Mobilizing for US-UK trade as Trump denies possibility of deal
As President Donald Trump visited the United Kingdom this week, he criticized, in an interview with a British publication, Prime Minister Theresa May’s approach to Brexit, and claimed that, as a result, the possibility of a trade deal between the United States and the UK were diminished.
The British government issued a policy paper this week which opted for a “soft Brexit,” in which the UK would leave the European Union but remain a part of the European customs union and maintain other ties with the EU. This prompted the departure of three government ministers, including Foreign Secretary Boris Johnson, who favor a cleaner break with the EU.
Trump criticized May’s soft Brexit approach, claiming he had advised her otherwise and that May spurned his advice. The president added that May’s approach tanked the possibility of a US-UK trade deal because the US would have to deal with the EU on trade matters, not the UK.
In the US Congress, Senators Rob Portman (R-Ohio) and Chris Coons (D-Delaware) recently launched the Senate UK Trade Caucus to grow support for a trade agreement between the two countries.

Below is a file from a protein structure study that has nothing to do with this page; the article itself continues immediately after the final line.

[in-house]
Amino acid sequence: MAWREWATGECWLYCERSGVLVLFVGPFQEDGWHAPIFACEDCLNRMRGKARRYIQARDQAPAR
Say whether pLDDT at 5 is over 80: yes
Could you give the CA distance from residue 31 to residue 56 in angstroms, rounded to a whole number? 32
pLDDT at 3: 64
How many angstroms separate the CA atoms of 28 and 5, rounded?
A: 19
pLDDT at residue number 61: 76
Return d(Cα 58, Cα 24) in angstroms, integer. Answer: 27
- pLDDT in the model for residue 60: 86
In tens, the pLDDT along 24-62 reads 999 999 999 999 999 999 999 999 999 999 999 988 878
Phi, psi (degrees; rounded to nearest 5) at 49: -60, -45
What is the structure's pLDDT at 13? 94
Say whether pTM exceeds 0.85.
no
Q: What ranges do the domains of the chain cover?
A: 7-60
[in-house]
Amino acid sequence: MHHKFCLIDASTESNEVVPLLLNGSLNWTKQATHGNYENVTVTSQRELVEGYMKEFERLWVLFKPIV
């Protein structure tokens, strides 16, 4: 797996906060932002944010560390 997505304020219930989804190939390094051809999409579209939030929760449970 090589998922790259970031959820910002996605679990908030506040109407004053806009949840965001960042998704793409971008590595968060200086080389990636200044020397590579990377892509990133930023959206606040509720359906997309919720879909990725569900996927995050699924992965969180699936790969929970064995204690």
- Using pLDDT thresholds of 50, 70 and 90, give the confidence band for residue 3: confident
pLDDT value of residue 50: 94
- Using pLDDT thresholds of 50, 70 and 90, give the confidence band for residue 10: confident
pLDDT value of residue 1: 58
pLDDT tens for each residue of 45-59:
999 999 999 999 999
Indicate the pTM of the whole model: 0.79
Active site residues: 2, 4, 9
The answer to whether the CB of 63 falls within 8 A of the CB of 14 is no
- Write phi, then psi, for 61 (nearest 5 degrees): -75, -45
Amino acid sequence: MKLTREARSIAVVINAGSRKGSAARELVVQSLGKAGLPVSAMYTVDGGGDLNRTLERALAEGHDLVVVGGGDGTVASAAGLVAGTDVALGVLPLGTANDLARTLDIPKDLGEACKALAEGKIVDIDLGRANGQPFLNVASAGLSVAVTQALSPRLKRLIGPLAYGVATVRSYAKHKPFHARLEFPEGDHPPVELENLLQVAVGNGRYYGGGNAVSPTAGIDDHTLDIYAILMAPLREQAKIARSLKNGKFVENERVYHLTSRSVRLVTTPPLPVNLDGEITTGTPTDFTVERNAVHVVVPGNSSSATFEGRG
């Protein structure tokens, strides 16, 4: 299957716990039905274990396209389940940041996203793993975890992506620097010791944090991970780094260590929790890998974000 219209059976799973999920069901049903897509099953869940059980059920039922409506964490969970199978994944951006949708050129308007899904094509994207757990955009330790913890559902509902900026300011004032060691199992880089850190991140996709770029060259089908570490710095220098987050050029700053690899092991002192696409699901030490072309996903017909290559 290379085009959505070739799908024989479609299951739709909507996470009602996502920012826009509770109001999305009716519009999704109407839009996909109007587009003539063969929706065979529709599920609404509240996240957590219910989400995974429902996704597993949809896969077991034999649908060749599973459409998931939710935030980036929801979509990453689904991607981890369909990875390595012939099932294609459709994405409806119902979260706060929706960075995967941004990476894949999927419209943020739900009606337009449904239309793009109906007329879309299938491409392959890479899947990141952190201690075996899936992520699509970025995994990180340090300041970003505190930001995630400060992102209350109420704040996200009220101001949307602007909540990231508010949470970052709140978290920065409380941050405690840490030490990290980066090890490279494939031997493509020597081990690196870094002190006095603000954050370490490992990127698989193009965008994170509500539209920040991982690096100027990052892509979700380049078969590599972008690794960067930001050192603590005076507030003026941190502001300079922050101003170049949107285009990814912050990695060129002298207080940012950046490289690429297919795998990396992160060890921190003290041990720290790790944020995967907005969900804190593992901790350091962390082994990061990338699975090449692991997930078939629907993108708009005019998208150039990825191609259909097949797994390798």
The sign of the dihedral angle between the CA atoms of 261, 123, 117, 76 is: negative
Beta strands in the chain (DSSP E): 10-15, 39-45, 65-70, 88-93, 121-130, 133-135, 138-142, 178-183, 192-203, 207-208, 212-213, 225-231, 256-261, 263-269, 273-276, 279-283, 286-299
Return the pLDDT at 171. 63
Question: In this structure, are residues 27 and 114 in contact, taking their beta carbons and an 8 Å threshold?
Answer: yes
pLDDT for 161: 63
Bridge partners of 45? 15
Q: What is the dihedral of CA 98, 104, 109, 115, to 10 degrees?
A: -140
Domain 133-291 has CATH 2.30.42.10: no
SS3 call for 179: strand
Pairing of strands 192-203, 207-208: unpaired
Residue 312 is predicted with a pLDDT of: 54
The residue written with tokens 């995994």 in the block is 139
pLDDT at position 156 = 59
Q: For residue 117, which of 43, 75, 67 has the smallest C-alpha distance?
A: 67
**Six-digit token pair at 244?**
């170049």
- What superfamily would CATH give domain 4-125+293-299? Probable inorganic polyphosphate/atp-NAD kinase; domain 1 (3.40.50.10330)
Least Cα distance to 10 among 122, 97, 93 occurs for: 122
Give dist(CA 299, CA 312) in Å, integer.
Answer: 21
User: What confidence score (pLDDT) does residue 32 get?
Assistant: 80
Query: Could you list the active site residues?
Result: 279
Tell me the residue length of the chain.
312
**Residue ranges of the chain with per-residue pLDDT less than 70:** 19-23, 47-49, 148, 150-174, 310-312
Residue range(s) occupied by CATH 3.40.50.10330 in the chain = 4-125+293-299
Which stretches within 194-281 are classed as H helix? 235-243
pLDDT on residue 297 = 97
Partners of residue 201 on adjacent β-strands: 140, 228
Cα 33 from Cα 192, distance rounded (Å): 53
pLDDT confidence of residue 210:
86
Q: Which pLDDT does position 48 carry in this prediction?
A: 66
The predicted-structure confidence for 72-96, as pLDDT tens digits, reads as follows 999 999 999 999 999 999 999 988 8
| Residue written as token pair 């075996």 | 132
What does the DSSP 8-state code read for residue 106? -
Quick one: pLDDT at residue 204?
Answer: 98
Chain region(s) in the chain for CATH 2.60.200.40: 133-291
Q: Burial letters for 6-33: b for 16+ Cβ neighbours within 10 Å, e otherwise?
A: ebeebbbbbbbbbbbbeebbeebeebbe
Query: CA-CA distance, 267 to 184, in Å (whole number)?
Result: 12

The caucus “is dedicated to promoting the benefits of Anglo-American trade and helping lay the groundwork for an eventual trade agreement between our countries,” said Portman, when the caucus was organized.
“The United Kingdom is one of the most important markets for US exports,” added Coons. “Thousands of American businesses and millions of jobs depend on fair and open trade with the UK.”
ACTION for Trade, a coalition of companies from the pharmaceutical, tech, film, and recording industries committed to safeguarding protections for intellectual property, wrote a letter to the senators the other day commending the launch of the caucus.
“A U.S.-UK trade agreement would present an excellent opportunity for both countries to set a high bar for intellectual property protections in a free trade agreement and serve as a model for others in promoting creativity and innovation,” said Brian Pomper, executive director of ACTION for Trade.
IP-intensive industries in the United States support 58 million jobs and comprise 38 percent of the US GDP. They also account for more than half of all US exports, according to the organization.
The UK imported over $3.6 billion worth of medicines in 2017 alone and UK firms paid $4.4 billion to license American audio-visual works in 2016.
“The UK is our 7th largest export market,” said Pomper. “We should strive to strengthen this relationship through strong IP protections in a bilateral trade agreement.”
Weak international IP protections negatively impact a diverse array of US industries, he added. The US loses $227 billion every year due to counterfeiting, pirating, and the theft of trade secrets from around the world.
“The Senate UK Trade Caucus,” Pomper said, “has a unique opportunity to help to set a modern precedent for IP protections in international trade agreements.”